Lesson #3: Stick to the Plan. Not all of the investor mistakes of 2020 were related to falling stock prices. Another error committed by many was the greed-induced impulse to chase performance. This was particularly evident during the period, beginning in February and continuing for months afterward, when a handful of big tech companies—notably the “FAANG” stocks: Facebook, Amazon, Apple, Netflix, and Google (ABC)—were the only stocks showing consistent gains (due largely to their importance for maintaining daily life during the shutdown). As a result, many investors began “piling on” in an effort to participate in what looked like the only game in town. Unfortunately, investing in whatever trend is hot at the moment is rarely a recipe for long-term success, and the price adjustment in tech stocks that took place in September of last year demonstrated why. This was a classic example of investors succumbing to recency bias: the tendency to place greater trust in information that is more recent, while ignoring longer-term trends or older facts. By reacting to the most recent jolts instead of remaining positioned as planned for long-term expected growth, investors end up overweighted in high-priced, hot holdings, often locking in losses by selling low during the downturns. They allow recency to get the better of them and their most rational, evidence-based investment judgment. By failing to adhere to their established strategy, they too often end up outsmarting themselves.

Lesson #4: Get Help. While no financial advisor, regardless of certification, experience, or other qualities, is perfect, one of the biggest lessons from 2020 may be the importance of having reliable, professional, fiduciary advice for your investing and wealth management strategies. A fiduciary financial advisor is professionally and ethically obligated to act always in your best interest. Instead of taking advantage of your emotional impulse to buy or sell—and generate commissions—a fiduciary financial professional must utilize experience, world-class financial research, and detailed knowledge of your particular goals, priorities, and needs to “talk you down” when emotions are running high, and to prompt careful, judicious action when conditions warrant. Over and over again during the ups and downs of 2020, such financial advice saved investors from their own worst impulses, allowing them to stay on track for meeting their long-term financial goals.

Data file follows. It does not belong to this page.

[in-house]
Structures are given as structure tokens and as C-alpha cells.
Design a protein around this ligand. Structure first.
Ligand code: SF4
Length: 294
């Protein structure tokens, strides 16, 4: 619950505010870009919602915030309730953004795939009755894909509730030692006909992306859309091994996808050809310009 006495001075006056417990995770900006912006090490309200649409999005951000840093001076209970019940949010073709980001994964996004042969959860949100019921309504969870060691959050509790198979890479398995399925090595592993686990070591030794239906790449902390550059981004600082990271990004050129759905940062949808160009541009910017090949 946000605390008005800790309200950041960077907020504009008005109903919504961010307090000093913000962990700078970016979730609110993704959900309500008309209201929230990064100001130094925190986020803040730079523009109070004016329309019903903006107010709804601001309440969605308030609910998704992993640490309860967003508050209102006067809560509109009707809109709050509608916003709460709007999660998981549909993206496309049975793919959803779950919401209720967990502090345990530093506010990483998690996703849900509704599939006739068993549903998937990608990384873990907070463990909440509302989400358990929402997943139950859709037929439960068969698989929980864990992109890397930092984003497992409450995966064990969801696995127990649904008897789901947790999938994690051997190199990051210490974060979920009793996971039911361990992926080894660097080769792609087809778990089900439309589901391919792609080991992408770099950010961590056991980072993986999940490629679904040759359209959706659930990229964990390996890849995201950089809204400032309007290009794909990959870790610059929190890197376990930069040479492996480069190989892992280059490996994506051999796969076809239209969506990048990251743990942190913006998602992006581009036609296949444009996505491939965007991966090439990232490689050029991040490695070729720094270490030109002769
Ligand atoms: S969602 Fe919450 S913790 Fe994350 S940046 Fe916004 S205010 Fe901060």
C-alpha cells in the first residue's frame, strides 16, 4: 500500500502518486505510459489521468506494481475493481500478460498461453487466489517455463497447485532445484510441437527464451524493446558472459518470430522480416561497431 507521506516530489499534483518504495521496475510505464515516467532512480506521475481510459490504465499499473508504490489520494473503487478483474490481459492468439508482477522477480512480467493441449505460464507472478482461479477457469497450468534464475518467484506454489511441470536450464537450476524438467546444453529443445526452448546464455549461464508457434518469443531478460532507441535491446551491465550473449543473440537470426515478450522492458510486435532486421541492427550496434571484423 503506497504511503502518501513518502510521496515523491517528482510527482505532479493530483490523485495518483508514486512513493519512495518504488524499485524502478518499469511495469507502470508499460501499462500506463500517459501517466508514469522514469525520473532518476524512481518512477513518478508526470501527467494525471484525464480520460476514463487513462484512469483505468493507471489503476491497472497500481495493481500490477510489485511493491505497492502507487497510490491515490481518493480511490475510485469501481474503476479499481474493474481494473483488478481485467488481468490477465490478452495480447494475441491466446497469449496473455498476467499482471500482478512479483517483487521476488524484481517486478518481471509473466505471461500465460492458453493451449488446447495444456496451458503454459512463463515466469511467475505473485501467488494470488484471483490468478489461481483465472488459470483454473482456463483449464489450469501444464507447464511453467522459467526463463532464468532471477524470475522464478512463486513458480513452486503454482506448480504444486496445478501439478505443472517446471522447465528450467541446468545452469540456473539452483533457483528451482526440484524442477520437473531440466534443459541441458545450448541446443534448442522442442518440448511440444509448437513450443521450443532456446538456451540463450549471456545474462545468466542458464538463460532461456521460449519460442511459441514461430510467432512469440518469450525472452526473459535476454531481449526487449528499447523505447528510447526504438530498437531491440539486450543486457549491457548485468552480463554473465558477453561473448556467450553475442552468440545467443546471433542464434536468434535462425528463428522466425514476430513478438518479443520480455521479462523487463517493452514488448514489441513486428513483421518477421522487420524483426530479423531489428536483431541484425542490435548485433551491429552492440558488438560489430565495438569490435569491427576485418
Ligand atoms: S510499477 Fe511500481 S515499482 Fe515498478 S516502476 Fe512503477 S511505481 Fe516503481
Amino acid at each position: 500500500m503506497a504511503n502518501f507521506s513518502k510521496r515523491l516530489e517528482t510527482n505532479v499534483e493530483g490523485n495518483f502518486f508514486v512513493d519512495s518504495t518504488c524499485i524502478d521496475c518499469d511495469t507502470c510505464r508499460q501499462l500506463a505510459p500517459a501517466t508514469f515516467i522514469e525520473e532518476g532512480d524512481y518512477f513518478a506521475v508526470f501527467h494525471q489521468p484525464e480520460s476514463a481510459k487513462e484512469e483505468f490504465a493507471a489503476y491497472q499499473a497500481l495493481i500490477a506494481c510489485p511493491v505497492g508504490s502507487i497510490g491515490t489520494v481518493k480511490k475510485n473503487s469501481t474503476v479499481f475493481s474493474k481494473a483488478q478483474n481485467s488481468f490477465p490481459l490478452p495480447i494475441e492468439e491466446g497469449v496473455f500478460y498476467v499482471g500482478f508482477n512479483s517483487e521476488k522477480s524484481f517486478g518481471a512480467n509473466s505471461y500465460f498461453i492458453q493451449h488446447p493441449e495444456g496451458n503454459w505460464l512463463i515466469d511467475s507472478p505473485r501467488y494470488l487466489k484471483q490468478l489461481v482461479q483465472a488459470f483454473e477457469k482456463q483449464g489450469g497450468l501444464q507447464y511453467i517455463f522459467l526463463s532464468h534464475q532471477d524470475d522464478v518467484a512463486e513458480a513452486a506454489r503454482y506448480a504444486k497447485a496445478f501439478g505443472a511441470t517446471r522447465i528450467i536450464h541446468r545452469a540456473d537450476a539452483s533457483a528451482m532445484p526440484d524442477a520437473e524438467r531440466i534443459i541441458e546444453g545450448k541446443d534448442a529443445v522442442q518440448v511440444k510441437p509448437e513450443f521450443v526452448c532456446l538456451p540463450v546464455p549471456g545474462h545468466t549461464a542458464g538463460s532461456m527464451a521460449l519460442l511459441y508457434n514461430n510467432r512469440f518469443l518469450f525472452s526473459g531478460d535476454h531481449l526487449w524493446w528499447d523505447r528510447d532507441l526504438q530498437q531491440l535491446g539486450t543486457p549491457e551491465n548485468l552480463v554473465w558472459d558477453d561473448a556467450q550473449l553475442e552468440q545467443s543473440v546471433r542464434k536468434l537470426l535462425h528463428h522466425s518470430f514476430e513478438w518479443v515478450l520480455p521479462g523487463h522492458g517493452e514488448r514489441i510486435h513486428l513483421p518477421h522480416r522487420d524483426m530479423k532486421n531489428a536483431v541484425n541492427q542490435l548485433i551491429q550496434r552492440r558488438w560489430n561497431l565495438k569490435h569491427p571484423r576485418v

To learn more about how emotions can hinder the performance of your portfolio, click here to read our article, “How to Avoid Behavioral Investment Mistakes.” For additional information on how to know if you are working with a trustworthy advisor or wealth planner, click here. And if we can help you or someone you know with making better plans for the financial future, please contact us.

Buen Camino!